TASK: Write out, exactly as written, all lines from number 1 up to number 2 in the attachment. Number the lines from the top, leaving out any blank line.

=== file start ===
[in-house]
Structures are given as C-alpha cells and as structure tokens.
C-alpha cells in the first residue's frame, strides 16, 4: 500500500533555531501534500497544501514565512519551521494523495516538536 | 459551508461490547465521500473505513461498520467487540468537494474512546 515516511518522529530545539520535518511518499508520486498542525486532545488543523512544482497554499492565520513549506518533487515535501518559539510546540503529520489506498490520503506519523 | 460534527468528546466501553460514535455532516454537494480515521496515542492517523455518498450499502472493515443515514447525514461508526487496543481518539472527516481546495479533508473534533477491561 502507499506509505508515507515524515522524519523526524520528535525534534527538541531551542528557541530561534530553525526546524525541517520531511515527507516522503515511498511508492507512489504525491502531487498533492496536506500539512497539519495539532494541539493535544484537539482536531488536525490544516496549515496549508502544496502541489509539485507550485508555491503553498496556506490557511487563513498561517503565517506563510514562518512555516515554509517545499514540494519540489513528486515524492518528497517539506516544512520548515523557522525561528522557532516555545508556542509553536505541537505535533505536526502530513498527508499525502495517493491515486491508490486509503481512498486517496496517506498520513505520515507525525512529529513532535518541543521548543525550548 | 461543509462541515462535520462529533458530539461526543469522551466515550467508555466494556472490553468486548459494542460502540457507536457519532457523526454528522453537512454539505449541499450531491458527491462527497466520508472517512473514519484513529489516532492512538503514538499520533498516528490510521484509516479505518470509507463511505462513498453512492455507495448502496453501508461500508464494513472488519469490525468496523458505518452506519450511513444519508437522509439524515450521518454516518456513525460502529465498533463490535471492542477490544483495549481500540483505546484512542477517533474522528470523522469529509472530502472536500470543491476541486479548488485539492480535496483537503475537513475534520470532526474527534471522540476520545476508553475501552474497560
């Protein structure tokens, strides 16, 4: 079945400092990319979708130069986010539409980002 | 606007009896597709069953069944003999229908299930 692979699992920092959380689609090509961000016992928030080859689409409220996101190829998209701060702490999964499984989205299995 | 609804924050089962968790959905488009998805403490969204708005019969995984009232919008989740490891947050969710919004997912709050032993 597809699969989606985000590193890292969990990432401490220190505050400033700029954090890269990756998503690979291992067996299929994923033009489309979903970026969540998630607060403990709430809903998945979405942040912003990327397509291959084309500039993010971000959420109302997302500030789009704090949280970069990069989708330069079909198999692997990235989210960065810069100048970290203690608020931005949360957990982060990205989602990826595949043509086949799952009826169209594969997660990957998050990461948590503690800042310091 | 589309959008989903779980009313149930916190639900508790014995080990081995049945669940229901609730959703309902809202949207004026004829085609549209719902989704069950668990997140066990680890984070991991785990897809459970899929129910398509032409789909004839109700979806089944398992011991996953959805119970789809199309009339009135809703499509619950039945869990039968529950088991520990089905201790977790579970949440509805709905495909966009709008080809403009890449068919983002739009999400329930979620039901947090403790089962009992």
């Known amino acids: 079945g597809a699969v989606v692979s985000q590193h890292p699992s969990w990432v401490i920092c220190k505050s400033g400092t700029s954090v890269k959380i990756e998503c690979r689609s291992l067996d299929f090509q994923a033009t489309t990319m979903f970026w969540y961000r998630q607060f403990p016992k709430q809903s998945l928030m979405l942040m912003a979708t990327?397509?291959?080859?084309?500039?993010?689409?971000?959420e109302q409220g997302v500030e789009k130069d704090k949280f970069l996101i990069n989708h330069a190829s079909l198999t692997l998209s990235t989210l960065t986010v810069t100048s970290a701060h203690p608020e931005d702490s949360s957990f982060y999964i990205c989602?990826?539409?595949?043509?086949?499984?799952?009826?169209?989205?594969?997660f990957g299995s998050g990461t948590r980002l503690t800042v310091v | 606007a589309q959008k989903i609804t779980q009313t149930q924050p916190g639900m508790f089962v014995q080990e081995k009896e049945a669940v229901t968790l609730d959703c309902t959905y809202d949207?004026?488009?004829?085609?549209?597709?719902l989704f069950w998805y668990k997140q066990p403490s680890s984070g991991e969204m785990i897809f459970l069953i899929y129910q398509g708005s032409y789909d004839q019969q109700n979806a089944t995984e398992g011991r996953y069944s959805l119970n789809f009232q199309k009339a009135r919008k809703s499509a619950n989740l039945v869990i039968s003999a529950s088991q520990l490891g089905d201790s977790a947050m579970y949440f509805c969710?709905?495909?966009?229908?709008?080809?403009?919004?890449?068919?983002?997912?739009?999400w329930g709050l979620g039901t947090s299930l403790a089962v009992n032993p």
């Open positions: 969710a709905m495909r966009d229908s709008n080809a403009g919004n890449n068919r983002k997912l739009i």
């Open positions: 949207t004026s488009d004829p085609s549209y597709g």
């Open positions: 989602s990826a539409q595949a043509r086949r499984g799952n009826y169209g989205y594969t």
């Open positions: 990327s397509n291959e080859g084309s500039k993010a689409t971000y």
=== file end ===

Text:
[in-house]
Structures are given as C-alpha cells and as structure tokens.